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Thread: Chasing Reds

  1. #1

    Default Chasing Reds

    I'm going to let my ignorance of fly fishing and low country gamefish shine through pretty loud and clear here. Im stationed in Savannah, pretty new to the area. (Im aware how many posts start with statements just like that) Also pretty new to flly fishing. That's my preface. There is a TON of opinions regarding the location and fishability or reds in anything below 65 degree water. I've heard "they wont bite till 70 degrees", "at 65 they come alive", well heck I used to fish for bulls right in the surf the day after st. patricks day when the water was mid fifties or so".

    Now, I've explored on foot and in a kayak in the past three weeks a whole lot of coastline and marsh and I haven't seen a single tailing fin, puff of sand, nervous water etc etc. Is it possible to fish for reds now and I'm just as bad at this game as I originally thought or are they pretty much impossible in 60 degree water? Can you only catch them in the surf at these temps or are they going to be on the spartina flats as well? Any and all input is much appreciated here. Thanks a million.
    Last edited by jjw89; 04-09-2013 at 10:11 AM.

  2. #2

    Default Re: Chasing Reds

    I think what you may be experiencing is that the Redfish have not migrated into that area yet. They stay out in deep(er) water until the water temp. tells them to run in. Can anybody verify or debunk this?

    There is no greater fan of fly fishing than the worm. ~Patrick F. McManus, Never Sniff a Gift Fish, 1979

    Anger is like peeing in your pants: everyone can see it, but only you can feel it. ~Jeff Yalden

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  3. Default Re: Chasing Reds

    I am in Jacksonville, Fl. We fish all winter long and have great success. When the water is cold we wait till the sun comes up. Preferably low tide around mid day to warm up the mud and oysters. Low incoming the oysters and staging areas in front of creek mouths and mud flats. You just need to put your time in on the water and find the fish. Go get em. It's about to get really good in the creeks so keep at it. Low Tide.

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  5. #4

    Default Re: Chasing Reds

    Thanks a million, I tried that, but because my access to boats is really limited I only got to work the staging areas for one afternoon and the wind was up, and I was working with the wrong kind of gear for that. Duly noted, thats where I need to be. I was actually planning on going to Jacksonville this weekend for a day to try it down there, the water temp is 5 degrees warmer there and my thought was it might be worth the trip to try some new spots and fish some slightly warmer waters. Thanks again for the replies.

  6. #5

    Default Re: Chasing Reds

    We chase reds down here on the Gulf coast. Almost all year they can be found in very skinny water, even in very cold water.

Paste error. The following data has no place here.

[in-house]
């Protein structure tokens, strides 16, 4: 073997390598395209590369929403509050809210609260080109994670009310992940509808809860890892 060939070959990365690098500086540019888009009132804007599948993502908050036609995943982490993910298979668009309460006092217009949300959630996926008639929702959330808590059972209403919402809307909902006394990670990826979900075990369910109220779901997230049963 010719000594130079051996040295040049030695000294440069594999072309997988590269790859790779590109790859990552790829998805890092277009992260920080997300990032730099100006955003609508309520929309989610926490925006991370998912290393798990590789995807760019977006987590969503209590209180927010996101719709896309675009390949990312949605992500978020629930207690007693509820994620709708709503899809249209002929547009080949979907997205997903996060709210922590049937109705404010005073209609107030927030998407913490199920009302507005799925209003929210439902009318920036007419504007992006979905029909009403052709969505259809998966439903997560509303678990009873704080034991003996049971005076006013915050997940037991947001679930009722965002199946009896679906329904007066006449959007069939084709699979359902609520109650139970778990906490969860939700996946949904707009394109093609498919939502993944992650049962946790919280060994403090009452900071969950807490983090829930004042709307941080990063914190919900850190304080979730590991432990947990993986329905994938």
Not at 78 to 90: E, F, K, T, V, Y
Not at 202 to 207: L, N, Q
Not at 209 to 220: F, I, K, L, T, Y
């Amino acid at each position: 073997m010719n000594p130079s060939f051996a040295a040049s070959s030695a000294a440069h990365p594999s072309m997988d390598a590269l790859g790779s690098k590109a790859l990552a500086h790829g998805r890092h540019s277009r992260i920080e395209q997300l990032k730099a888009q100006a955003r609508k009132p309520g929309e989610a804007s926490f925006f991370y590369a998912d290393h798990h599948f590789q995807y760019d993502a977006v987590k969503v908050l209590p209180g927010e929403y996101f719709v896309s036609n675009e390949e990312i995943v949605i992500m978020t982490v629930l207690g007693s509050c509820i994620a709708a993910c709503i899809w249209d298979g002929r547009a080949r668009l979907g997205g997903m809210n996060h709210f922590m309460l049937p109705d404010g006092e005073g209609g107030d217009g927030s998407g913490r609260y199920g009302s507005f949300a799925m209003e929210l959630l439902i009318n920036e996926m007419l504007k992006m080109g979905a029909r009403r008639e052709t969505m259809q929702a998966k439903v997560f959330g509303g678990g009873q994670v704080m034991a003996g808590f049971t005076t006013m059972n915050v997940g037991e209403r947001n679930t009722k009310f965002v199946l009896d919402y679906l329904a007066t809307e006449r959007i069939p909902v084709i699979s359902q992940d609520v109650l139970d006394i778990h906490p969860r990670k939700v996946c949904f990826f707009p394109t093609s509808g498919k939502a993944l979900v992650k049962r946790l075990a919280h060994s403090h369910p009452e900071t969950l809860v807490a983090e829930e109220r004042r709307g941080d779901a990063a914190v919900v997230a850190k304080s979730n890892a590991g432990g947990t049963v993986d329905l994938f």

They seem far more tolerant to water temp than many fish. However they can be darn hard to see on overcast and very windy days. Bright sunny days can be fantastic, however the easier you can see them they can see you.

    Tidal movement is a very important factor. I love a strong falling tide with strong rising tide second. No tidal movement is often a waste of time. A strong falling tide with max movement at 8-9AM should be superbe.

    They patrol the weed edges for food flushing from the grass. I seldom see the classic tail sticking up. More often it is weeds moving, V-wakes, shrimp/smaller bait fish jumping. They are constantly on the move so if they aren't there now they could be through anytime. Patience.

    Below is a pick of my youngest with a red from 1.5' of water with water & air temp in the 50's from east of New Orleans.

    Pete A.

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  8. #6
    Join Date
    Jun 2012
    Huffman, TX (Houston Area)

    Default Re: Chasing Reds

    Pete nailed it, especially about not normally seeing the tails but the other indicators to watch for. Tide movement usually makes or breaks the fishing.

  9. Default Re: Chasing Reds

    Hey bud. I'm here in Savannah as well. 3rd generation. I grew up fishing across the river in Carolina. You're wasting your time searching for reds in the grass until that water temp gets above 65 degrees and "them fiddlers" come out of the mud. It's still pretty to be out there though in a kayak. Hope that helps. Good luck.

  10. #8
    Join Date
    Feb 2011
    Rock River, Wyoming

    Default Re: Chasing Reds

    Cold slows their metabolism, slows down the appearance and movement of prey items, and can vary a lot between an inshore marsh and water of the same depth a bit further out. In short Reds still eat, but a lot less as water cools and they move less. I've just spent a couple months not seeing fish in close here where water temps have been ranging from 60-65 degrees but a short bit away where the water temps are closer to that magic number of 70 Reds are being caught.  8088
    Great Fishing
    Der Alt Jaeger
    Chuck S

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